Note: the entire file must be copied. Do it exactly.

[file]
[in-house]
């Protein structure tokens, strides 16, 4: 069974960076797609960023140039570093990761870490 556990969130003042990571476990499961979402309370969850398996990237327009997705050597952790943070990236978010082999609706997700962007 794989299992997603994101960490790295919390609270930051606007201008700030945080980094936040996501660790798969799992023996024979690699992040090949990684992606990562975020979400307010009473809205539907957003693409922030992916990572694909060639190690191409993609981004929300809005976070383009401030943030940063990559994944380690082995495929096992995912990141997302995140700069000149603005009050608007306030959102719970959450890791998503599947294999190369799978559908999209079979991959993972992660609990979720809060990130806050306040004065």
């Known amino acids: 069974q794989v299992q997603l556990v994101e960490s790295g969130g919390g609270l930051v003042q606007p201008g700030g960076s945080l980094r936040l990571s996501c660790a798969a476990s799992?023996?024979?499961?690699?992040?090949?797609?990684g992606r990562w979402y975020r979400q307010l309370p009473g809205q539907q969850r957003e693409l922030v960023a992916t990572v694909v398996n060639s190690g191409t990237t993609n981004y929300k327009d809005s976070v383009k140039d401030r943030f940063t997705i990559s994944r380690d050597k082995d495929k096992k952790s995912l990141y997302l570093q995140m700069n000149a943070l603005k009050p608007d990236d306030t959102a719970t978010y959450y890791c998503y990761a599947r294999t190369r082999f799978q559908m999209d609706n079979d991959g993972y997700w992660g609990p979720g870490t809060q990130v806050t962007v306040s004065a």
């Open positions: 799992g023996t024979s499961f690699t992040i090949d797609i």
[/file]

[in-house]
């Protein structure tokens, strides 16, 4: 069974960076797609960023140039570093990761870490 556990969130003042990571476990499961979402309370969850398996990237327009997705050597952790943070990236978010082999609706997700962007 794989299992997603994101960490790295919390609270930051606007201008700030945080980094936040996501660790798969799992023996024979690699992040090949990684992606990562975020979400307010009473809205539907957003693409922030992916990572694909060639190690191409993609981004929300809005976070383009401030943030940063990559994944380690082995495929096992995912990141997302995140700069000149603005009050608007306030959102719970959450890791998503599947294999190369799978559908999209079979991959993972992660609990979720809060990130806050306040004065």
């Known amino acids: 069974q794989v299992q997603l556990v994101e960490s790295g969130g919390g609270l930051v003042q606007p201008g700030g960076s945080l980094r936040l990571s996501c660790a798969a476990s799992?023996?024979?499961?690699?992040?090949?797609?990684g992606r990562w979402y975020r979400q307010l309370p009473g809205q539907q969850r957003e693409l922030v960023a992916t990572v694909v398996n060639s190690g191409t990237t993609n981004y929300k327009d809005s976070v383009k140039d401030r943030f940063t997705i990559s994944r380690d050597k082995d495929k096992k952790s995912l990141y997302l570093q995140m700069n000149a943070l603005k009050p608007d990236d306030t959102a719970t978010y959450y890791c998503y990761a599947r294999t190369r082999f799978q559908m999209d609706n079979d991959g993972y997700w992660g609990p979720g870490t809060q990130v806050t962007v306040s004065a």
């Open positions: 799992g023996t024979s499961f690699t992040i090949d797609i």